Academic journal article Michigan Academician

Interpreting the South Flats Earthwork (20MU2): Insights Gained from Geophysical Surveys

Academic journal article Michigan Academician

Interpreting the South Flats Earthwork (20MU2): Insights Gained from Geophysical Surveys

Article excerpt


Michigan's prehistoric earthen enclosures are among the least understood archaeological sites in the state. This paper explores the function of the South Flats Earthwork (20MU2) using remote sensing strategies to reveal aspects of its internal structure not available through excavation. Ground penetrating radar and magnetometry were employed to explore this fragile archaeological site. Results, coupled with excavation data, suggest that South Flats was the work of a small-scale society and a locus of storage and food exchange through kin ties.


Presented here are the results of surface geophysical surveys at the South Flats enclosure (20MU2) in Muskegon County, Michigan. South Flats has been excavated twice, once by George Quimby in 1937 and later by Crand Valley State University (GVSU) in 2006 (Quimby 1965; Gaff and Brashler 2011). Even though previously studied and reported on, this earthwork was subjected to geophysical surveying in 2010 to collect more information related to site structure than was available from excavation alone. We intentionally chose this option after conducting limited excavations and restoration of the enclosure in 2006 because the site is small and fragile; we wanted to learn more without further impacting the site. The results of the geophysical surveys are presented here and we offer interpretations based on the results of the survey coupled with original work done regarding the site that was not included in the original report. We first briefly situate our work in landscape archaeology and mobility studies. Next, we review and summarize previous interpretations of Michigan's earthworks and place them in the context of other earthen enclosures in the eastern United States. We then discuss the geophysical surveys at South Flats and the results of that work. The geophysical data coupled with the excavation data collected at South Flats is an example of how archaeologists can gain site-wide information about the structure of the site not evident through excavation alone, which in turn can enhance interpretations about site placement and function. Finally, we discuss South Flats in the context of current discussions about landscape, mobility and social interaction in the Late Prehistoric of Michigan.


Understanding the landscape placement and internal arrangement of a structure such as South Flats, and its relationship to group dynamics and mobility is critical to understanding the site's function and meaning. Approaches to understanding human interactions with landscape began with work in the early twentieth century by geographer Carl Sauer (1925) among others and subsequently a variety of ethnographers such as Basso (1996) Thornton (2008), and numerous archaeologists writing mostly beginning in the late twentieth century and continuing into the present (Ashmore and Knapp 1999). Several summaries of the numerous approaches taken by landscape archaeology more thoroughly discuss its history and theory and are nor summarized here, except to acknowledge that landscape approaches in archaeology today are diverse (Knapp and Ashmore 1999; Ashmore and Blackmore 2008). How archaeologists employ landscape archaeology is influenced to some extent by the intellectual traditions which frame questions and interpretations based on theoretical positions of the investigator (Ashmore and Blackmore 2008). We acknowledge our predominantly processualist approach and see understanding sites such as South Flats through the lens of ecological and environmental archaeology and landscape, rather than by searching for meanings and phenomenology of landscape, though we see both approaches as worthy of discussion.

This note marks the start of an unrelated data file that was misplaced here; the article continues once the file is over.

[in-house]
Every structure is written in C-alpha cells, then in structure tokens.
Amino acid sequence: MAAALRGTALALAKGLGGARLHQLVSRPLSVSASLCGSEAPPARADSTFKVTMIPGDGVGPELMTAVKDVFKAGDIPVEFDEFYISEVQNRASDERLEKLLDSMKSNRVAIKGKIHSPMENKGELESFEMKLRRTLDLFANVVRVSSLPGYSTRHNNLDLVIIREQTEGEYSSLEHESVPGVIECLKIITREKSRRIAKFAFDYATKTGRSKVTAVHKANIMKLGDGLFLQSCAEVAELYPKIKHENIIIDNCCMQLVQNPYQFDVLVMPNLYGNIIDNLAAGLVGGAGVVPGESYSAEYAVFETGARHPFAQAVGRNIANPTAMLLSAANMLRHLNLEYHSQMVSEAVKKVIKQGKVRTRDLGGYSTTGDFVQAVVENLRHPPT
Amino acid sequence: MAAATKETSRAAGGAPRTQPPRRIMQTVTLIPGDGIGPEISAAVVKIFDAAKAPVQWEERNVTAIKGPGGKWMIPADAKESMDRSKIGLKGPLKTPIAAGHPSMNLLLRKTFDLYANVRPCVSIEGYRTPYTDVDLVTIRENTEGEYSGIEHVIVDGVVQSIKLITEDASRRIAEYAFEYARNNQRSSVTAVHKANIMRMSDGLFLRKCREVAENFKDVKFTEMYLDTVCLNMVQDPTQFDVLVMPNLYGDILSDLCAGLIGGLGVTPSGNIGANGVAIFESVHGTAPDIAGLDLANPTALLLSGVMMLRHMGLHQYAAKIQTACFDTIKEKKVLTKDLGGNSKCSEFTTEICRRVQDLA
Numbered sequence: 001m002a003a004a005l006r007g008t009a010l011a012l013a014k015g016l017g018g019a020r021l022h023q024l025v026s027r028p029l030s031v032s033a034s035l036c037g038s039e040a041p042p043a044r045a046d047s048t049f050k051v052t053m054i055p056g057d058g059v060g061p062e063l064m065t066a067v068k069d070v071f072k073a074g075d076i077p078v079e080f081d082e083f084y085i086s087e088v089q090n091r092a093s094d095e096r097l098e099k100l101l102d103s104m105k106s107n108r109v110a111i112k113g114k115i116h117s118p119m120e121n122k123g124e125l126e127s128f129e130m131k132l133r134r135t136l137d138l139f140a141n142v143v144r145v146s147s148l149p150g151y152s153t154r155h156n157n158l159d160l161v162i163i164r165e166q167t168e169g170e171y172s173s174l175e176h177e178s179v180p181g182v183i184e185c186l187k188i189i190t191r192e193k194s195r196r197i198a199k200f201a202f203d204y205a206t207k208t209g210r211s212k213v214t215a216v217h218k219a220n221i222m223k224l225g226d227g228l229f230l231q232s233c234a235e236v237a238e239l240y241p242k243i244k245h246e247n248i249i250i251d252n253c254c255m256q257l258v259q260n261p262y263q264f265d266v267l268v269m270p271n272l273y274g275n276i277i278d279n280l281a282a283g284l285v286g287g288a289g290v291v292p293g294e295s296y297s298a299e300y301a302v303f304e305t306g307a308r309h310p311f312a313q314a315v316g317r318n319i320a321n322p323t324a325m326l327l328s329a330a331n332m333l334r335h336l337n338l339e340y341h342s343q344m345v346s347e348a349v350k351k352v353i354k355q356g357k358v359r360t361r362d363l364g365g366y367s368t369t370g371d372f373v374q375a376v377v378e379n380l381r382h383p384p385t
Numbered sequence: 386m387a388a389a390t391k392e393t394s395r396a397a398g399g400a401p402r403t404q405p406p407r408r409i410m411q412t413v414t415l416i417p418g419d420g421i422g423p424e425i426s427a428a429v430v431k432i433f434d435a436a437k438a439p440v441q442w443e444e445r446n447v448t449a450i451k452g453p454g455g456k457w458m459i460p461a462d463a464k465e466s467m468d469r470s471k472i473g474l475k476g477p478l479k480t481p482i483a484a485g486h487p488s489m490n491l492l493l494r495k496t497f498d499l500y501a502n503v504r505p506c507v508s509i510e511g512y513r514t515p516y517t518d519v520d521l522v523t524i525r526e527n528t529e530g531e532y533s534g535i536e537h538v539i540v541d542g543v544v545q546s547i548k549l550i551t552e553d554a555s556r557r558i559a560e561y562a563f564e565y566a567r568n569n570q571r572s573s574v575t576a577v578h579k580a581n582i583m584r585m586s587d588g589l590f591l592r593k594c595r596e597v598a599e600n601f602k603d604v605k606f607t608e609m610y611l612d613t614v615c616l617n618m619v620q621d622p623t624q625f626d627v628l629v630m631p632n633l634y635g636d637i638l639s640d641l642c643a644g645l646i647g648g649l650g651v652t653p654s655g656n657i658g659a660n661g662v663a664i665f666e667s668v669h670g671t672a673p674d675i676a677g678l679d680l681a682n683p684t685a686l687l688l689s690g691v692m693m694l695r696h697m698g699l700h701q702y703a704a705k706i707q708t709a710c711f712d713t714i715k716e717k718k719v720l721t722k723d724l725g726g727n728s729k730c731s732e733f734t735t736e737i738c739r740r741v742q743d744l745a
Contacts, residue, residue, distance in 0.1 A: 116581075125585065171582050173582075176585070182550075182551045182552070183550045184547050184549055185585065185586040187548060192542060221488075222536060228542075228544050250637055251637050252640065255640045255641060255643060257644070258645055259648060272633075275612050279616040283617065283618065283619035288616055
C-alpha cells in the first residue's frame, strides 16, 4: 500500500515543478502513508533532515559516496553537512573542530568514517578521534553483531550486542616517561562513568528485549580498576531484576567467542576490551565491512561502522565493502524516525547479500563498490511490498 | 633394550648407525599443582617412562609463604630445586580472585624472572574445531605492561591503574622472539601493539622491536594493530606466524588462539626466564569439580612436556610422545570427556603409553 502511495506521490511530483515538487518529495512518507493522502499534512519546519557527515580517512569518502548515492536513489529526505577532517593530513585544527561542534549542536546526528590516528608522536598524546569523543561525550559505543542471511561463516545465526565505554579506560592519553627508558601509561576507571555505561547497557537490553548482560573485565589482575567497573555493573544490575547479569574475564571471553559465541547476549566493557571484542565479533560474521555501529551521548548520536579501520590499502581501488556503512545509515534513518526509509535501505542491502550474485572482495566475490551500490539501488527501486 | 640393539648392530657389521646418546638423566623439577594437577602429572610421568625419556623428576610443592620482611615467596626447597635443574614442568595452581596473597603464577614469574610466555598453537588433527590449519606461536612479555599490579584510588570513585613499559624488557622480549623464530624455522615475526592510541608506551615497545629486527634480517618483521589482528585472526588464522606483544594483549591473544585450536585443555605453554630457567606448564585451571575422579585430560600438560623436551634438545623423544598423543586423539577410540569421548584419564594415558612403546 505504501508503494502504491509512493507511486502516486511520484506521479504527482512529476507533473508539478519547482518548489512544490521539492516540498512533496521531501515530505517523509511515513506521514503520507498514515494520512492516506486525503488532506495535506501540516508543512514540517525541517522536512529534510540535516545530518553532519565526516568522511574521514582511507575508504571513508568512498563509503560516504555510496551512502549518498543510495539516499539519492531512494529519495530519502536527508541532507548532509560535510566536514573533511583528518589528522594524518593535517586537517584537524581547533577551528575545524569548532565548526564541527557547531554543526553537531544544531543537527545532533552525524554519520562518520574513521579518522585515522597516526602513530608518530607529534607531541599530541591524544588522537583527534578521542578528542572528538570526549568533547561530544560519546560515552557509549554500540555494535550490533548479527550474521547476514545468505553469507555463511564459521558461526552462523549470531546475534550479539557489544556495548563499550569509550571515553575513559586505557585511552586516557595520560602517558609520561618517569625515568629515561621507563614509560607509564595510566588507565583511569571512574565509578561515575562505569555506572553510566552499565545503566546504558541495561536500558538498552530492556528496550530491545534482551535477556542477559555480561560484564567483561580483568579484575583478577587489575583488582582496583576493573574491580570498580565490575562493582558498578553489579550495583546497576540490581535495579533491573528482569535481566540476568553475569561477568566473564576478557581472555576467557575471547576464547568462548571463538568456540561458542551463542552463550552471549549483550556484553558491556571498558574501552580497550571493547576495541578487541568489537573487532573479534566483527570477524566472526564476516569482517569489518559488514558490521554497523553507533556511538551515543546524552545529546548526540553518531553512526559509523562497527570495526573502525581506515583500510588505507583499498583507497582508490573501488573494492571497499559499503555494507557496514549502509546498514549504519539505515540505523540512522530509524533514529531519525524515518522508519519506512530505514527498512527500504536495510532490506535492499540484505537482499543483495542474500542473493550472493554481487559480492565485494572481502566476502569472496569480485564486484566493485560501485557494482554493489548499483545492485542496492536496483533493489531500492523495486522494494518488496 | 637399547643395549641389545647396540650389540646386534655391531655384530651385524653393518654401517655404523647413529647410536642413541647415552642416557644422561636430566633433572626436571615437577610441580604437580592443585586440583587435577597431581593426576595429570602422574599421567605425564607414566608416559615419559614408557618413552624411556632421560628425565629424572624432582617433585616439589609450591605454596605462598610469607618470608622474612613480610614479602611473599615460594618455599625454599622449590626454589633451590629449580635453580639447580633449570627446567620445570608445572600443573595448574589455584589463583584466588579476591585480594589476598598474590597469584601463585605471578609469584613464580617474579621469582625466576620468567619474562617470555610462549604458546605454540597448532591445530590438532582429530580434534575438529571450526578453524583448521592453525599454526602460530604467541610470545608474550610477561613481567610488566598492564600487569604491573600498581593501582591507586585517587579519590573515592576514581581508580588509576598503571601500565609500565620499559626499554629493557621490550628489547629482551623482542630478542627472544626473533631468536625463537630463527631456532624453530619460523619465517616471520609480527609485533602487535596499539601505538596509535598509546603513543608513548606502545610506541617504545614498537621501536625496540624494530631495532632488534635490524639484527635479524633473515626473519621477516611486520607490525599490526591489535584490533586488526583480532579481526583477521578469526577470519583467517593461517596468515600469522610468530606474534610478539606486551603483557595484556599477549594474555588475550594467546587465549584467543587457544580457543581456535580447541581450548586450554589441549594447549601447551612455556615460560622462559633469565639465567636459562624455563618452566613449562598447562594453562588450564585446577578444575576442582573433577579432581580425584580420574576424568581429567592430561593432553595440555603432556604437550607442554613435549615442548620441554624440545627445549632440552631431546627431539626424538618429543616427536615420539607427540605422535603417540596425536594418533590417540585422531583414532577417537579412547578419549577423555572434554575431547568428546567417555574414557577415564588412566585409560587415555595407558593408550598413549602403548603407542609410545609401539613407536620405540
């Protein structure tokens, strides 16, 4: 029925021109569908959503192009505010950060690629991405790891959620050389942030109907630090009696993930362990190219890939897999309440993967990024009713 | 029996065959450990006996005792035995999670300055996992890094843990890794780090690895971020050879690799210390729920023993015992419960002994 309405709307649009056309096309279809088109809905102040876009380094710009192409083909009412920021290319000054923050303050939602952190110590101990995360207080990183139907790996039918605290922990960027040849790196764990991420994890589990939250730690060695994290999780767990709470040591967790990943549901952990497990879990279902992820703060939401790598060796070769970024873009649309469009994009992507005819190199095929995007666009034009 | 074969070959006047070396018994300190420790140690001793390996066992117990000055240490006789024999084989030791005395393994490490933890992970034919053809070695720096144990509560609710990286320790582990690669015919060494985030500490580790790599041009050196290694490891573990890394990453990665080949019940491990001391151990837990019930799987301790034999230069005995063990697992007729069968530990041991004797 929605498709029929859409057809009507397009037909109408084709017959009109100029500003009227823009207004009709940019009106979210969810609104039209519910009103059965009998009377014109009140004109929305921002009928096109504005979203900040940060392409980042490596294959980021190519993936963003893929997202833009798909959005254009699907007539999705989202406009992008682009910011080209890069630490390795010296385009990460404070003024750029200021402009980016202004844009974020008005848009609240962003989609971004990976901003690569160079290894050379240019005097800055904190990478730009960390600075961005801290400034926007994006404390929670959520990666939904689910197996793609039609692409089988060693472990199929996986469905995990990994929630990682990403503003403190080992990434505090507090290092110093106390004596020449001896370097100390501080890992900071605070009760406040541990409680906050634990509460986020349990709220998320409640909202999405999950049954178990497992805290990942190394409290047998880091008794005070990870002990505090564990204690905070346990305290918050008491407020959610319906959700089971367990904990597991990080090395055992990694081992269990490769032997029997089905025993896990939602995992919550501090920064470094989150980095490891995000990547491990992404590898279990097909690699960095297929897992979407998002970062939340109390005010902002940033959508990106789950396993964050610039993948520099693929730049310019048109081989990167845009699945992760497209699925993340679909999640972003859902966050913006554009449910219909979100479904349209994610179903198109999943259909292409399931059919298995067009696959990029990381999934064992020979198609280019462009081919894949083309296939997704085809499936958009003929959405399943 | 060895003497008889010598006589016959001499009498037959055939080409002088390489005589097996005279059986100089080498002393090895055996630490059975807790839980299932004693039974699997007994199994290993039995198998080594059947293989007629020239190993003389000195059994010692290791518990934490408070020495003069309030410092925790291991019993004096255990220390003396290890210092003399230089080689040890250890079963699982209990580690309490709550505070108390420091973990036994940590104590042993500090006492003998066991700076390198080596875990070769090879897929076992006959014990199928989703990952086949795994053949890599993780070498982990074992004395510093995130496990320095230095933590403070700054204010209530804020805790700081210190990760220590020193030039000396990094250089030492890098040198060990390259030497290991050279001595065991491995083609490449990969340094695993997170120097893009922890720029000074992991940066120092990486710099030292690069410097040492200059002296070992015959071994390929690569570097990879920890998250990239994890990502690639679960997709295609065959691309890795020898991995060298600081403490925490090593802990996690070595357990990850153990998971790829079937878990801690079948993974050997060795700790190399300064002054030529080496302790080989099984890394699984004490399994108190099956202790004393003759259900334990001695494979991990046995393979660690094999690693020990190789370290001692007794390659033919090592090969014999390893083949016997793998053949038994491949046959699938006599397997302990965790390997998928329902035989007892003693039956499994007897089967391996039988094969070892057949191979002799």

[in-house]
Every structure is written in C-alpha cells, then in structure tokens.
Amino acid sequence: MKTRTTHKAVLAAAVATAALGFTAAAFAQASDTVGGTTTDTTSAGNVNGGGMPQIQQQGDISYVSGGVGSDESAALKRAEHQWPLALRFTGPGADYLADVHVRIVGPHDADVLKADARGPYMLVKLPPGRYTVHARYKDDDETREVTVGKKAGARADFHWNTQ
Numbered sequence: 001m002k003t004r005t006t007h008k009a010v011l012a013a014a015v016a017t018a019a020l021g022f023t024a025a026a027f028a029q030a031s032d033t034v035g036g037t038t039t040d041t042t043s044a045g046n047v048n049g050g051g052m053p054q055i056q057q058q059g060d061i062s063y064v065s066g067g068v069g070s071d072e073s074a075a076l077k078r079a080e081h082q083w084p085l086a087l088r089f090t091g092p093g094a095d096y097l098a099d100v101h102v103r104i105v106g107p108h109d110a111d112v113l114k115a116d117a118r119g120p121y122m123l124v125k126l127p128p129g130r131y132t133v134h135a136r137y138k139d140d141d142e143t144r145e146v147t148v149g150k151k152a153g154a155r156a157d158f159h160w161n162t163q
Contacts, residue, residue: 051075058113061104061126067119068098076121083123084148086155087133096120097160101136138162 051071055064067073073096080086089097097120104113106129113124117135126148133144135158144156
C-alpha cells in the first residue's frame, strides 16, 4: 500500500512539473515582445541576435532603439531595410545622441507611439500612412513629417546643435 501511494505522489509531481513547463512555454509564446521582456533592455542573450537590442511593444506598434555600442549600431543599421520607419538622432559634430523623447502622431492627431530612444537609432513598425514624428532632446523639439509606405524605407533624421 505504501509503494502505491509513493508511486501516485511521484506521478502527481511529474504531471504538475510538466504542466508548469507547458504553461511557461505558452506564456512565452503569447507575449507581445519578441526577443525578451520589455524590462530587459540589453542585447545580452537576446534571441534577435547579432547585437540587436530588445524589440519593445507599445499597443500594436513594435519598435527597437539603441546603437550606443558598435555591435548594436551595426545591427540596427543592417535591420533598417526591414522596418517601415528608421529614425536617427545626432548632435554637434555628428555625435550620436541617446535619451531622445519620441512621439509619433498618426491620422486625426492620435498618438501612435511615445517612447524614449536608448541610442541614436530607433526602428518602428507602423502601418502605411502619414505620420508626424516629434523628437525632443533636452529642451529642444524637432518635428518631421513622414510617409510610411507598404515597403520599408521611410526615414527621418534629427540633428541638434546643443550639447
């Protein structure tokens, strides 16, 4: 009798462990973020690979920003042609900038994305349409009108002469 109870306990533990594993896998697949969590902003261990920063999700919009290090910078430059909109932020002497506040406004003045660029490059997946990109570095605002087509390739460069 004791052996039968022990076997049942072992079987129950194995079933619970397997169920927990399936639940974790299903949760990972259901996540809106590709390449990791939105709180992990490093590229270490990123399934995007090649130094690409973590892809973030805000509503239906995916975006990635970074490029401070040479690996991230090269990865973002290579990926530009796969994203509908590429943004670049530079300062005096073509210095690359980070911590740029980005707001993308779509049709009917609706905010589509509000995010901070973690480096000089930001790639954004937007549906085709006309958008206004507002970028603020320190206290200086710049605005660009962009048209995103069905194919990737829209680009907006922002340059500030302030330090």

It is from this perspective that we engage our understanding of the modest monument that is South Flats. We seek to understand it in terms of the group of peoples who constructed it and gave its location meaning through its placement in the physical environment, the adaptive strategies evident at the site and its regional context, and how it might inform us with regard to social, political and economic dimensions of Late Prehistoric society in west central Lower Michigan. …

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